March 02, 2009
Blow before you drive

MADD wants to make it harder for people with a drunk driving conviction to get behind the wheel.

Mothers Against Drunk Driving is again pushing Texas legislators to require ignition interlocks for people convicted of their first driving while intoxicated offense.

The ignition interlock device tests a driver's breath to confirm he or she hasn't been drinking before the car will start.

"We really want to see this on first-time offenders in order to prohibit the third or fourth time down the road," said Hope Rangel of Humble, executive director for MADD's Southeast Texas region.

Proposed legislation, including bills filed by state Sen. Rodney Ellis, D-Houston, and state Rep. Bill Callegari, R-Katy, calls for the interlock to be installed for offenders convicted of their first DWI who are placed on probation.

Two similar measures filed in the last legislative session in 2007 died in committee.

Callegari has HB1110. Ellis has SB170, which has a companion bill in the House, HB379 by Linda Harper-Brown.

Current Texas law requires interlocks as a condition of probation only for repeat offenders or those with a blood-alcohol concentration of 0.15 in any alcohol-related driving offense.

The device also is required for those released on bail while awaiting trial if they are charged with repeat DWI offenses or if they hurt or kill someone while driving drunk.

Although the proposed legislation is encouraging, Rangel said, many convicted drunken drivers in Harris County are opting for jail time instead of probation. If an offender chooses to go to jail, no interlock is installed.

Drunken drivers put on probation have to pay for the device -- which can average about $150 a month -- so they might find jail more appealing, she said.

Actually, there are quite a few other reason why these offenders might find jail more appealing. They were laid out in a Chron story from 2006 on why so many first-time DUI offenders chose jail over probation:

Facing the stiff costs and strict rules that come with probation, thousands of convicted drivers in recent years have decided spending time behind bars is the better option.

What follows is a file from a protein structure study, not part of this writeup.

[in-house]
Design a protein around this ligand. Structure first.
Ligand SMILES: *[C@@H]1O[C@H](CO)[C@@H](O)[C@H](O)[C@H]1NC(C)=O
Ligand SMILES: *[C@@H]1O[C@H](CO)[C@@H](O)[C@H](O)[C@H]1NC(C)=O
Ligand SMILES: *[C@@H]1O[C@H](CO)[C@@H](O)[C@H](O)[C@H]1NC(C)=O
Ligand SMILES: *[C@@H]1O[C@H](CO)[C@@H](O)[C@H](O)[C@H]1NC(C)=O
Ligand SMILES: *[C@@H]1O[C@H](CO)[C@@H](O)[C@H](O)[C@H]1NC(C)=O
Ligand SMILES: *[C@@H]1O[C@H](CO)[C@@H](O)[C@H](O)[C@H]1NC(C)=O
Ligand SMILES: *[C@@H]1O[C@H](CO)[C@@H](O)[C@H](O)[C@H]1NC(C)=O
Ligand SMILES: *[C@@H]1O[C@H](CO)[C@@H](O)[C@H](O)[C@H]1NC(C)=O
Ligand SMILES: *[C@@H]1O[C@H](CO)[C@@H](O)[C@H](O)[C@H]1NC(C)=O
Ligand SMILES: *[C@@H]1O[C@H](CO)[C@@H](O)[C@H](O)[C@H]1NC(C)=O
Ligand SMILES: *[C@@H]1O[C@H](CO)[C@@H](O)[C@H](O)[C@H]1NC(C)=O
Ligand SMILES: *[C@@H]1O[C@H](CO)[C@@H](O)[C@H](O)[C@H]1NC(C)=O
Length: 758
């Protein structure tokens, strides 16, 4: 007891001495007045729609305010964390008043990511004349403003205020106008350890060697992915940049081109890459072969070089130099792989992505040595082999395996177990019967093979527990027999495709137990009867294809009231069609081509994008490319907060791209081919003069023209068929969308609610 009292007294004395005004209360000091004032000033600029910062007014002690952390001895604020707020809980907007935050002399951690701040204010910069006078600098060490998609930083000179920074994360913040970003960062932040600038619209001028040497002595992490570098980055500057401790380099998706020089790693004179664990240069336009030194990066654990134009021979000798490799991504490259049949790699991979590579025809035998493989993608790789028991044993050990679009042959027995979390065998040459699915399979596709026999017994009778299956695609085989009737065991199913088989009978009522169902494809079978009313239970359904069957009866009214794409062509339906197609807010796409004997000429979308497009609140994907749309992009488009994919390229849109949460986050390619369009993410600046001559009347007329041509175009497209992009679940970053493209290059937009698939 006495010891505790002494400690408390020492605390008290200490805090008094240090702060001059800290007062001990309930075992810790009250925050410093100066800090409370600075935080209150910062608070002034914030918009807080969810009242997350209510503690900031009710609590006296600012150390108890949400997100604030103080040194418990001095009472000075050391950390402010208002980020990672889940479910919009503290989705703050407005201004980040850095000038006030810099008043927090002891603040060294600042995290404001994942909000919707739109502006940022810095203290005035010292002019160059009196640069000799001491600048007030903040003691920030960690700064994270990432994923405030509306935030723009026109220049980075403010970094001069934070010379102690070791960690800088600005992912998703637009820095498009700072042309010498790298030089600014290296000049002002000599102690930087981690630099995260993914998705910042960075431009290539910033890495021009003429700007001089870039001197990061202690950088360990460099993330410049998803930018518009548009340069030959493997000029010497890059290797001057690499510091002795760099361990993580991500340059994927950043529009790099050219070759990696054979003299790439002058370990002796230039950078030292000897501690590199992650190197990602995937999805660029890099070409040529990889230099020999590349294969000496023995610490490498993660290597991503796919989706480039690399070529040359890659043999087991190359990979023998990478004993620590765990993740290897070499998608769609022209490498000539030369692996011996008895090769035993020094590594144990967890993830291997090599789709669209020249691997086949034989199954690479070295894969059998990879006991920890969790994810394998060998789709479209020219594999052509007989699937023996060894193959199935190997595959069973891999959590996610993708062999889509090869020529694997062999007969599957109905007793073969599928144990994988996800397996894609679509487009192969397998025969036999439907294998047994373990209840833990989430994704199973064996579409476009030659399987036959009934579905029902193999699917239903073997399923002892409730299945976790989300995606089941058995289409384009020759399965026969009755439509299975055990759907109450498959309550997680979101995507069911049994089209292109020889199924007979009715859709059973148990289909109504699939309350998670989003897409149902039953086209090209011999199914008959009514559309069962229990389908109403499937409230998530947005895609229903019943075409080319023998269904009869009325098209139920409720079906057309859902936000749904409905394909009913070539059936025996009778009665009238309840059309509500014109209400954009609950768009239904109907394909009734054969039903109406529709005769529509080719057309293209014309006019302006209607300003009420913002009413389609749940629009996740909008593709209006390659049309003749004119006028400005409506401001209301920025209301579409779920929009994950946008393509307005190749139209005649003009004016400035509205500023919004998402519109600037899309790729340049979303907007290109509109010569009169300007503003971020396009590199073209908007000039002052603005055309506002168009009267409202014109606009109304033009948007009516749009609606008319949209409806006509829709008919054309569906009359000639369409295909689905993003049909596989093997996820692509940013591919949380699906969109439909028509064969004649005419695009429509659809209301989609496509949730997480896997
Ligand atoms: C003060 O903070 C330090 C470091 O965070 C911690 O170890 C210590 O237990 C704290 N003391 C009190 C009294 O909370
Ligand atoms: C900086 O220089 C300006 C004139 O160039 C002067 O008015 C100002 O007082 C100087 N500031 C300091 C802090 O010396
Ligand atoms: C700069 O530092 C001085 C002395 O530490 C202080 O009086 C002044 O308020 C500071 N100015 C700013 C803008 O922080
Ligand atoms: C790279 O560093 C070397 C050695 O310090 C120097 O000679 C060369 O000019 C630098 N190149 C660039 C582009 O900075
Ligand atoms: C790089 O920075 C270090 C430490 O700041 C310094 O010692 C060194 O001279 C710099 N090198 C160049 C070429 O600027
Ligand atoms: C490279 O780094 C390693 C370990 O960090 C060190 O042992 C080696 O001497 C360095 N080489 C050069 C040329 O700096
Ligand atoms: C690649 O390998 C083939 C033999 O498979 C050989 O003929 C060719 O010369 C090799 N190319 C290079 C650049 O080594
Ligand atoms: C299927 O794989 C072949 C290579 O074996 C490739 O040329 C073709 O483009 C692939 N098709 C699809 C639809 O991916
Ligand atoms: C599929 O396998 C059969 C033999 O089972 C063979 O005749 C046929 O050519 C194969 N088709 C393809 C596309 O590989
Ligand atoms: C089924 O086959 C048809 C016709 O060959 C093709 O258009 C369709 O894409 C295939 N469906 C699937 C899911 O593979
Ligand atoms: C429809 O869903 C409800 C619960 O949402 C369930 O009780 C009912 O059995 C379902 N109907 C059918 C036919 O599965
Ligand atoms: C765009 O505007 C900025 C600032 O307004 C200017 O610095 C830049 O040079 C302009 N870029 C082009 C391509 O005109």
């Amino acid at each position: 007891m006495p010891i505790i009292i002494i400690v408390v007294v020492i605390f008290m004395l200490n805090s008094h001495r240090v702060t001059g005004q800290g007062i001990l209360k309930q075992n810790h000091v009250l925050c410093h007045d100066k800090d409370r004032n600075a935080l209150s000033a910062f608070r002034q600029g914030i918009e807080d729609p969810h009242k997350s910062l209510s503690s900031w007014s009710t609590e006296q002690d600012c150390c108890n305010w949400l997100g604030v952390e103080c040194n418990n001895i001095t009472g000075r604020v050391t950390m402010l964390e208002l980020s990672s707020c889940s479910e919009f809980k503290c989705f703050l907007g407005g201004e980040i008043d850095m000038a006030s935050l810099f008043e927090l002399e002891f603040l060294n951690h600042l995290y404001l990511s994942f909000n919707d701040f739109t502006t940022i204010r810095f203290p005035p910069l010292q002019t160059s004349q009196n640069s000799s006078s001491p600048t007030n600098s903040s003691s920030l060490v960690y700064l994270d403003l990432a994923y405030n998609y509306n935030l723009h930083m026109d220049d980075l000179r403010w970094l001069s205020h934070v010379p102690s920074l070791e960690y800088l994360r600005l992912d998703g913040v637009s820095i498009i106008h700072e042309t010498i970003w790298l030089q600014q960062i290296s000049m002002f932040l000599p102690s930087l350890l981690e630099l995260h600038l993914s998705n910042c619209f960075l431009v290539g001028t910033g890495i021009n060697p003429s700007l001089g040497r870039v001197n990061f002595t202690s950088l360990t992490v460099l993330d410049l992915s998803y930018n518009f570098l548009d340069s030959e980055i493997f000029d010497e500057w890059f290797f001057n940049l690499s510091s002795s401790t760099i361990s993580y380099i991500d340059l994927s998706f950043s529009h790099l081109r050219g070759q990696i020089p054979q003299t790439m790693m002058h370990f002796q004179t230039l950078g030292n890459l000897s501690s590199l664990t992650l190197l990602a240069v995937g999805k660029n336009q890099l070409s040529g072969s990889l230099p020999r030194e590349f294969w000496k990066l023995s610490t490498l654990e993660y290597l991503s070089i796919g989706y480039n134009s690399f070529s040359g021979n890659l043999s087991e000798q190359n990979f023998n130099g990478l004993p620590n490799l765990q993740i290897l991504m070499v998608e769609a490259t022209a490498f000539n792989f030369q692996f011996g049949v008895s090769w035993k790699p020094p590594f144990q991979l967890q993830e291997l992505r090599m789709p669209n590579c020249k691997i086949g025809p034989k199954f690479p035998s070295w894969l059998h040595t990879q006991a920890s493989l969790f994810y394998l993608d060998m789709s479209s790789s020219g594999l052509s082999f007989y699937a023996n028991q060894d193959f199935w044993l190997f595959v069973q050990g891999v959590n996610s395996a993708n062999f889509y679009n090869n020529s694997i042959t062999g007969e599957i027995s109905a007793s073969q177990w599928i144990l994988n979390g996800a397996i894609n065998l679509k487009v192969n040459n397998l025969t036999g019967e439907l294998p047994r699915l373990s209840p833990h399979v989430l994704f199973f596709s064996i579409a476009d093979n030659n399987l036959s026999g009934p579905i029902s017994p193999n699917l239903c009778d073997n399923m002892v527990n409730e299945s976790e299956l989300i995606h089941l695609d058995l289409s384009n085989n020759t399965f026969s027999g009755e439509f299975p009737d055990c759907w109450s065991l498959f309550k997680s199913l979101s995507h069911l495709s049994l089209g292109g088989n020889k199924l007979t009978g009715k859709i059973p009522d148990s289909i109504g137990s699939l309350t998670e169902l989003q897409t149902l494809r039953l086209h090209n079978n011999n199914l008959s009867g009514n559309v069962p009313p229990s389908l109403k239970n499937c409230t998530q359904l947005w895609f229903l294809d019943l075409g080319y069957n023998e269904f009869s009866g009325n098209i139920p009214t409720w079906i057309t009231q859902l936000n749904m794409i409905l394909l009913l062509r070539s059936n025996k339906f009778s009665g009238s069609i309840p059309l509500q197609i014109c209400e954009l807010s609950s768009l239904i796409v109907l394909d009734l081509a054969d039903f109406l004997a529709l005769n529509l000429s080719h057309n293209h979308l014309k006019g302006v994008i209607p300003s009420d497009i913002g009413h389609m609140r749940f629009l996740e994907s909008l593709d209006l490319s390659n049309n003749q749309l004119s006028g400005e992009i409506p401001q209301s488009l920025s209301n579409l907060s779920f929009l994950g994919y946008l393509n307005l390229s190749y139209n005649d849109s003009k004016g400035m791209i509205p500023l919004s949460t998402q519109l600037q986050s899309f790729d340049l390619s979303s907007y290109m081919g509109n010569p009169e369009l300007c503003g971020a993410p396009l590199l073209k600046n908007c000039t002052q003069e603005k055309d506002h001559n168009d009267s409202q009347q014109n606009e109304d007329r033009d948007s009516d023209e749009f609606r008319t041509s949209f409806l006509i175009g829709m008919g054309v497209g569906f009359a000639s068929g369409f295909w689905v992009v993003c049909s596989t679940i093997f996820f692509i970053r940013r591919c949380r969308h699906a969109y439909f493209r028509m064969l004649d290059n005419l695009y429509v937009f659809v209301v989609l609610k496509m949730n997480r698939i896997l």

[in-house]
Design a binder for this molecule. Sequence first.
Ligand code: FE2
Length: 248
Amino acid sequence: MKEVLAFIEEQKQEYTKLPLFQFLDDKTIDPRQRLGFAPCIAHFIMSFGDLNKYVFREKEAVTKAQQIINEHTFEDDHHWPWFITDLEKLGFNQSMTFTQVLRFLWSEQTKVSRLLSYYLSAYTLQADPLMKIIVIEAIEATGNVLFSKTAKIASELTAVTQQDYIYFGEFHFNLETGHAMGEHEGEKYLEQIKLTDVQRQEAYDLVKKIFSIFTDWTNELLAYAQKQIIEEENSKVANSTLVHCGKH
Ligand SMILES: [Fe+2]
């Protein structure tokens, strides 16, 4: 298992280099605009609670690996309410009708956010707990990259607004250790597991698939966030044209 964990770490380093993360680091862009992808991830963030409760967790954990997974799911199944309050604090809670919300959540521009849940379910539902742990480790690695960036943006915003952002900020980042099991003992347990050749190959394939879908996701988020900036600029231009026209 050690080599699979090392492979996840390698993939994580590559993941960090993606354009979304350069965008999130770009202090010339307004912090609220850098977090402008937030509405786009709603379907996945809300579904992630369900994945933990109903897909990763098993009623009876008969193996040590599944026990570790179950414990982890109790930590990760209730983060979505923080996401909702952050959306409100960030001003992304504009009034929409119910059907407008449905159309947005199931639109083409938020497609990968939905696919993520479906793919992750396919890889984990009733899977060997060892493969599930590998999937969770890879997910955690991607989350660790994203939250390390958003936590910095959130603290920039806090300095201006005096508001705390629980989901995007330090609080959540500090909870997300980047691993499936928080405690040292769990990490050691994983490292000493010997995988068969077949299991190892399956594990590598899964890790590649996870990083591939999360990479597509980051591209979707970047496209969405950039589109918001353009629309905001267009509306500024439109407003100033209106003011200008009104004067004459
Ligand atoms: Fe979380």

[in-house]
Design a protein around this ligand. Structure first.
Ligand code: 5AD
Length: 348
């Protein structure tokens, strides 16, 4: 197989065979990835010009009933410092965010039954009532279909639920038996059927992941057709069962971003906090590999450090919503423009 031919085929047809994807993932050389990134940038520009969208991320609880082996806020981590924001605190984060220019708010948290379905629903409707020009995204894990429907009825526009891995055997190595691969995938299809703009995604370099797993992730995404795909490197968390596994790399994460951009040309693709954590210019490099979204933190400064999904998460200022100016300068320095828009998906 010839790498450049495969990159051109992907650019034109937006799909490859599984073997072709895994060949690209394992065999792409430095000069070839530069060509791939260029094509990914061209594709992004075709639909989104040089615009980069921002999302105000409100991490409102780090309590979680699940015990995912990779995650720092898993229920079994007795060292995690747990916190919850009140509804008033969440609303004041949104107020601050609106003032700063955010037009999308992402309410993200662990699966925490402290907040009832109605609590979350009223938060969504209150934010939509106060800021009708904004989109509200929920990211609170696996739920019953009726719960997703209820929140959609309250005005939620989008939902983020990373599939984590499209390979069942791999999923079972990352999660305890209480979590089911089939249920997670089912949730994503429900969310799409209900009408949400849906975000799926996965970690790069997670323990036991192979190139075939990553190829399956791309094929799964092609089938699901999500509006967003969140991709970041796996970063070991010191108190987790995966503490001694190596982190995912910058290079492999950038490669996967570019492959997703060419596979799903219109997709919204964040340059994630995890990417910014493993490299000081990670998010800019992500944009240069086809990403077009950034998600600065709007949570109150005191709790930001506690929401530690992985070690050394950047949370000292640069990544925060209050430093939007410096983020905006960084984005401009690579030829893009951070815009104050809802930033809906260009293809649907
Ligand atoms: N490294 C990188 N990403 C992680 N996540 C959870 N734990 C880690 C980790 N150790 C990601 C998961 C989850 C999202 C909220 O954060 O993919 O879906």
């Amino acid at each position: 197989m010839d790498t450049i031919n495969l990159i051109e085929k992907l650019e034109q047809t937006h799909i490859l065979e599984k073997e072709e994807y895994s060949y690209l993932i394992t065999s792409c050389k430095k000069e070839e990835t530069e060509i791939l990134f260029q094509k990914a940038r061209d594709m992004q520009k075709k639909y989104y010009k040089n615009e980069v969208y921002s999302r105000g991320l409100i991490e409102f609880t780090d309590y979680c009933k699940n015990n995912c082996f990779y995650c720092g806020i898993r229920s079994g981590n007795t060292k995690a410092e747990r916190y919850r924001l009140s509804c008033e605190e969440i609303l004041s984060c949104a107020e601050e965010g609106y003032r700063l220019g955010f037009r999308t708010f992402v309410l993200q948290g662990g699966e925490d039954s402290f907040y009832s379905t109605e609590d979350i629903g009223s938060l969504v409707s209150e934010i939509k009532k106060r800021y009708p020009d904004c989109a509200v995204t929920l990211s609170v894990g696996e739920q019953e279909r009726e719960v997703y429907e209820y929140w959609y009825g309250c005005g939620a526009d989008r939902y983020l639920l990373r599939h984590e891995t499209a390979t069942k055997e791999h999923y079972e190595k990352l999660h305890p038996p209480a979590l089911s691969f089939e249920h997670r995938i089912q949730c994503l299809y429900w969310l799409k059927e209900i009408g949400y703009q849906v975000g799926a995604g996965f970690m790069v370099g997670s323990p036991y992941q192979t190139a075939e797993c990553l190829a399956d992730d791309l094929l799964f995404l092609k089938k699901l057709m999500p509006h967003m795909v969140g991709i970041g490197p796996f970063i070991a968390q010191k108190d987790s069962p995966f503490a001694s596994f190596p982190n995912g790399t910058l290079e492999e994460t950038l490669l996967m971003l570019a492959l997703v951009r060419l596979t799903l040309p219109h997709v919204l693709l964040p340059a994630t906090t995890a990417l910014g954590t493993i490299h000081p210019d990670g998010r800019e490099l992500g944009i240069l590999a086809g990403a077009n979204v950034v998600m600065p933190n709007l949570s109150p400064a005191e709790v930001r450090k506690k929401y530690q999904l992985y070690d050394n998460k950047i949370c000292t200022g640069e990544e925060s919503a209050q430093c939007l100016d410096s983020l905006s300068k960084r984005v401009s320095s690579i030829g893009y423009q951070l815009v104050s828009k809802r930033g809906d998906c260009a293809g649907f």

And in a county already struggling with crowded jails, that's a disturbing trend. Sentences can be short enough to mean losing only one weekend and a vacation day, but some end up behind bars as long as half a year.

"Because of the number of sanctions and what the defendants feel is the 'hassle factor,' many opt not to go on probation," said County Criminal Court at Law Judge Sherman Ross. "Financially, it's more expensive."

The choice of jail time also may mean fewer options for treating the alcohol problems that land many drivers there.

"Probation has become so onerous that there's no incentive to take it," said Bob Wessels, manager of the county criminal courts at law. "If we really want people in treatment, we aren't providing incentives."

Of the 6,685 DWI defendants in the county who accepted plea agreements last year, 2,894 (43 percent) took jail time rather than probation, Wessels said. In 2000, fewer than 10 percent (479 of 5,034) chose jail.

Last year's figure, though significant, did represent a drop from 2004, when it reached 52 percent. Robert Pelton, past president of the Harris County Criminal Lawyers Association, attributes the decline at least partly to lawyers not doing all they should for their clients.

"I think any attorney is doing a disservice to their client by putting them on probation," he said.

Pelton, a defense attorney for 31 years, said he generally advises clients to take the jail time because probation can be so arduous, financially and otherwise. Probation for DWI carries another risk: If it's revoked, a judge can pile on even more jail time than originally would have been ordered.

This, added to the fact that Harris County has the highest per capita rate of probation revocations in Texas, means it may make more sense to burn some vacation time behind bars, Pelton said.